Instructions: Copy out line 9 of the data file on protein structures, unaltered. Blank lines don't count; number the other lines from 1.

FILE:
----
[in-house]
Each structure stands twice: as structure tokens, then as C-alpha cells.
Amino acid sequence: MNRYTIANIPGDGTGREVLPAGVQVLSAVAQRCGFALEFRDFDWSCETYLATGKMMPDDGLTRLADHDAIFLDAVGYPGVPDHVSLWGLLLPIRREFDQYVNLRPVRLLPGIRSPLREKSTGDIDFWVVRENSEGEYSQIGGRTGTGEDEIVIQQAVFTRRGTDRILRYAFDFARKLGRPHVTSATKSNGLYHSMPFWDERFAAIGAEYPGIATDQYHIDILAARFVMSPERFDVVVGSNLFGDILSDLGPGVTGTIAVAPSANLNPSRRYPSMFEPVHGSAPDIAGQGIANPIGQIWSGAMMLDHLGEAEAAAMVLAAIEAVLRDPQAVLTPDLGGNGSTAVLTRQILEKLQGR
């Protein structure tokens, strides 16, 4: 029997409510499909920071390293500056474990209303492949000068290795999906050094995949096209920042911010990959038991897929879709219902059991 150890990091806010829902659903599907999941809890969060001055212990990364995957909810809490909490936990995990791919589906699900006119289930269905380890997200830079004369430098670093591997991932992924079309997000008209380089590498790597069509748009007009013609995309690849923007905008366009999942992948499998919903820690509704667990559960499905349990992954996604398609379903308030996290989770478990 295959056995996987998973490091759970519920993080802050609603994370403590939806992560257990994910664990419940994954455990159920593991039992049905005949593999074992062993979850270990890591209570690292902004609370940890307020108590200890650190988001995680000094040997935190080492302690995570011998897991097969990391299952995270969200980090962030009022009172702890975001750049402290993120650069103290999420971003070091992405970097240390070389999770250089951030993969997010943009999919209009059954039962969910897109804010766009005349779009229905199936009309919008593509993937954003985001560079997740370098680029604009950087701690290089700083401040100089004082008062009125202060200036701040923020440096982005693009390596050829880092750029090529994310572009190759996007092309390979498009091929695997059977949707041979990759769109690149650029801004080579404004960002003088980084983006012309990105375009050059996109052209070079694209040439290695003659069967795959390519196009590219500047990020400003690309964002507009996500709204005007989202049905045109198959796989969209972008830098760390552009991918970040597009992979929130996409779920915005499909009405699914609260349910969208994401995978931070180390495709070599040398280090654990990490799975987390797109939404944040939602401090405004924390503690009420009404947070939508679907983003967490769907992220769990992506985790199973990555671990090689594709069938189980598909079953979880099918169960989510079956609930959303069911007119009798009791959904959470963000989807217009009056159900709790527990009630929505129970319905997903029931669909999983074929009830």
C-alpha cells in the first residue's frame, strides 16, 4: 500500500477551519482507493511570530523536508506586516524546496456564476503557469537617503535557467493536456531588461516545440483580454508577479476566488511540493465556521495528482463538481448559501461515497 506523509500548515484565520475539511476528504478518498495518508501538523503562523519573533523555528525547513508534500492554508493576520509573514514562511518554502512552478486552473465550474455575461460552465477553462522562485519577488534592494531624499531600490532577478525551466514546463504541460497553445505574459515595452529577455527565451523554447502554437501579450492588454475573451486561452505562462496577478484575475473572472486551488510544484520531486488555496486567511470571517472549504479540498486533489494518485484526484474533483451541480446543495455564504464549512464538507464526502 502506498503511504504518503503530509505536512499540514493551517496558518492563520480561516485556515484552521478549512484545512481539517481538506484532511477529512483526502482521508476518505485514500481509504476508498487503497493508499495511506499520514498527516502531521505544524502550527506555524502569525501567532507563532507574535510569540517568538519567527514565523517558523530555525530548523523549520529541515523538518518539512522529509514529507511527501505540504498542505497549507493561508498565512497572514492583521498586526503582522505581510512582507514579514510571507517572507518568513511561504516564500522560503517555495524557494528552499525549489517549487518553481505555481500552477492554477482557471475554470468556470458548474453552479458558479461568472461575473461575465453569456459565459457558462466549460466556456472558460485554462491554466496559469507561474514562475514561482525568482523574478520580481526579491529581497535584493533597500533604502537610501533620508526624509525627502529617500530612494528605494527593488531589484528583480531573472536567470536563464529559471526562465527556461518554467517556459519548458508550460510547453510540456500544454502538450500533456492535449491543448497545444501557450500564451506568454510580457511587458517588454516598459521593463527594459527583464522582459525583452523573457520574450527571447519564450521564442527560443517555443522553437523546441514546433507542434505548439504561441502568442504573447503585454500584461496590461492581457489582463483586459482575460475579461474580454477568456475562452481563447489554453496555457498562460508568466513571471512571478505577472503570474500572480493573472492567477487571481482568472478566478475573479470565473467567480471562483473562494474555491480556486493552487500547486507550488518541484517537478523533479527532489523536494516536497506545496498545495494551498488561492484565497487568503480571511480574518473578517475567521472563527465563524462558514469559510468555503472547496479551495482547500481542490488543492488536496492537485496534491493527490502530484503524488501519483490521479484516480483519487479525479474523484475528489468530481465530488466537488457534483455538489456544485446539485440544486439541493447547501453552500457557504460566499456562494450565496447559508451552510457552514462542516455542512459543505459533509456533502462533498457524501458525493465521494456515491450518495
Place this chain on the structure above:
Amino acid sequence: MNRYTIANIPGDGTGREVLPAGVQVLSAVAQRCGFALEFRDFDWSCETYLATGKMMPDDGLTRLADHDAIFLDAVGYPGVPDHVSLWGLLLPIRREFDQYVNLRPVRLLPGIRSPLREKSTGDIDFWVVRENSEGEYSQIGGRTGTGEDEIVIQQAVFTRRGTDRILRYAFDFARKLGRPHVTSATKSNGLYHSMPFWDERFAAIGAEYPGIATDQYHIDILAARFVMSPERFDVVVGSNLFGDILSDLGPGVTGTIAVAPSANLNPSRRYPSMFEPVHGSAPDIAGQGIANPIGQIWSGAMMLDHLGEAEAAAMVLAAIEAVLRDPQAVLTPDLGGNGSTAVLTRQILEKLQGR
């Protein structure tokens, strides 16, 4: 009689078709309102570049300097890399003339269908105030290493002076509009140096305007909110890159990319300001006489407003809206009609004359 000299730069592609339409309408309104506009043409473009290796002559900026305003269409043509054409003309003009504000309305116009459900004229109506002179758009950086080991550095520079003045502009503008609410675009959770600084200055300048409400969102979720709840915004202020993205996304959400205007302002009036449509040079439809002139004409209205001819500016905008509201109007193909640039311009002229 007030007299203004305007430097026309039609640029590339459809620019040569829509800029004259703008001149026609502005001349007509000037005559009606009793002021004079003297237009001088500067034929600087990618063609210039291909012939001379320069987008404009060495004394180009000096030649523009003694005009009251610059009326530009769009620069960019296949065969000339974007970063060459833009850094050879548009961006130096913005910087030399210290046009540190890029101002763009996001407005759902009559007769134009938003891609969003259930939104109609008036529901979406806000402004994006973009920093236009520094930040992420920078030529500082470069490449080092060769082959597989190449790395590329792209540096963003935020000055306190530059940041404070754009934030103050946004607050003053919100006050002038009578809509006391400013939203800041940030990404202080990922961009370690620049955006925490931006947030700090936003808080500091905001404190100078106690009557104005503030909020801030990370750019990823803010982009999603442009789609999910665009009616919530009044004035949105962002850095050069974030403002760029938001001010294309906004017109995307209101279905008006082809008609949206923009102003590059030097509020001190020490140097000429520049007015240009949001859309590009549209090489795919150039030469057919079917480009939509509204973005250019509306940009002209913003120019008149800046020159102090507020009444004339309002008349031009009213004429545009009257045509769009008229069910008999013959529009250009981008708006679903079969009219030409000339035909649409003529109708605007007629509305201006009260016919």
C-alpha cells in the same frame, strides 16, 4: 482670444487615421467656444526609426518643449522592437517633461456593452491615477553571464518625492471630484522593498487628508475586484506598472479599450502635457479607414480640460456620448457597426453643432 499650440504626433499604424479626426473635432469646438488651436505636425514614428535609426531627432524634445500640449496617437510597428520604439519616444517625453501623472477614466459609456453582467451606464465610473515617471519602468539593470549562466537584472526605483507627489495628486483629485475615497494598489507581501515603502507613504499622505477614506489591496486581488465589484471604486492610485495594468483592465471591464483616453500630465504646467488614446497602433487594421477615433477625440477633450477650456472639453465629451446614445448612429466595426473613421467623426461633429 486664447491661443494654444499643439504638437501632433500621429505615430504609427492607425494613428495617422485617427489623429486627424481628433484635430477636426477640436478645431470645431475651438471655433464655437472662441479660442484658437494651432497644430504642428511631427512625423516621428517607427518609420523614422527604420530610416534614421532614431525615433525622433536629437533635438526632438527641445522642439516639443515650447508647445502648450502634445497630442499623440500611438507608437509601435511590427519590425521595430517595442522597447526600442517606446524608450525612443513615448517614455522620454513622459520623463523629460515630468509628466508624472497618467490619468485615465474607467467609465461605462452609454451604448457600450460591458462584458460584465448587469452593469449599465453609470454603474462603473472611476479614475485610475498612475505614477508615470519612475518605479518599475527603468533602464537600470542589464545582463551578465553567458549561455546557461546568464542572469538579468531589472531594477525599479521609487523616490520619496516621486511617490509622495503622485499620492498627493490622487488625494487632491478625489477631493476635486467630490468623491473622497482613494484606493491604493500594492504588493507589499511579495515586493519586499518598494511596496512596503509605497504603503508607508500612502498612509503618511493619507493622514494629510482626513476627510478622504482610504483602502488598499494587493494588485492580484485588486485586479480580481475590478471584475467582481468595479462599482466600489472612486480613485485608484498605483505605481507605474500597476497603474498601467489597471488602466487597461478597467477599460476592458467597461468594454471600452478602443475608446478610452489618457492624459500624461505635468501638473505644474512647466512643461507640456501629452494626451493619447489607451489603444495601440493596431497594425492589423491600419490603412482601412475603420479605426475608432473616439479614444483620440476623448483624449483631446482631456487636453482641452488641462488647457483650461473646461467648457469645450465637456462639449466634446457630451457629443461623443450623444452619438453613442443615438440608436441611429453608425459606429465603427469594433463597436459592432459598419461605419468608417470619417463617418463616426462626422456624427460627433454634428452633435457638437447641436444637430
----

C-alpha cells in the same frame, strides 16, 4: 482670444487615421467656444526609426518643449522592437517633461456593452491615477553571464518625492471630484522593498487628508475586484506598472479599450502635457479607414480640460456620448457597426453643432 499650440504626433499604424479626426473635432469646438488651436505636425514614428535609426531627432524634445500640449496617437510597428520604439519616444517625453501623472477614466459609456453582467451606464465610473515617471519602468539593470549562466537584472526605483507627489495628486483629485475615497494598489507581501515603502507613504499622505477614506489591496486581488465589484471604486492610485495594468483592465471591464483616453500630465504646467488614446497602433487594421477615433477625440477633450477650456472639453465629451446614445448612429466595426473613421467623426461633429 486664447491661443494654444499643439504638437501632433500621429505615430504609427492607425494613428495617422485617427489623429486627424481628433484635430477636426477640436478645431470645431475651438471655433464655437472662441479660442484658437494651432497644430504642428511631427512625423516621428517607427518609420523614422527604420530610416534614421532614431525615433525622433536629437533635438526632438527641445522642439516639443515650447508647445502648450502634445497630442499623440500611438507608437509601435511590427519590425521595430517595442522597447526600442517606446524608450525612443513615448517614455522620454513622459520623463523629460515630468509628466508624472497618467490619468485615465474607467467609465461605462452609454451604448457600450460591458462584458460584465448587469452593469449599465453609470454603474462603473472611476479614475485610475498612475505614477508615470519612475518605479518599475527603468533602464537600470542589464545582463551578465553567458549561455546557461546568464542572469538579468531589472531594477525599479521609487523616490520619496516621486511617490509622495503622485499620492498627493490622487488625494487632491478625489477631493476635486467630490468623491473622497482613494484606493491604493500594492504588493507589499511579495515586493519586499518598494511596496512596503509605497504603503508607508500612502498612509503618511493619507493622514494629510482626513476627510478622504482610504483602502488598499494587493494588485492580484485588486485586479480580481475590478471584475467582481468595479462599482466600489472612486480613485485608484498605483505605481507605474500597476497603474498601467489597471488602466487597461478597467477599460476592458467597461468594454471600452478602443475608446478610452489618457492624459500624461505635468501638473505644474512647466512643461507640456501629452494626451493619447489607451489603444495601440493596431497594425492589423491600419490603412482601412475603420479605426475608432473616439479614444483620440476623448483624449483631446482631456487636453482641452488641462488647457483650461473646461467648457469645450465637456462639449466634446457630451457629443461623443450623444452619438453613442443615438440608436441611429453608425459606429465603427469594433463597436459592432459598419461605419468608417470619417463617418463616426462626422456624427460627433454634428452633435457638437447641436444637430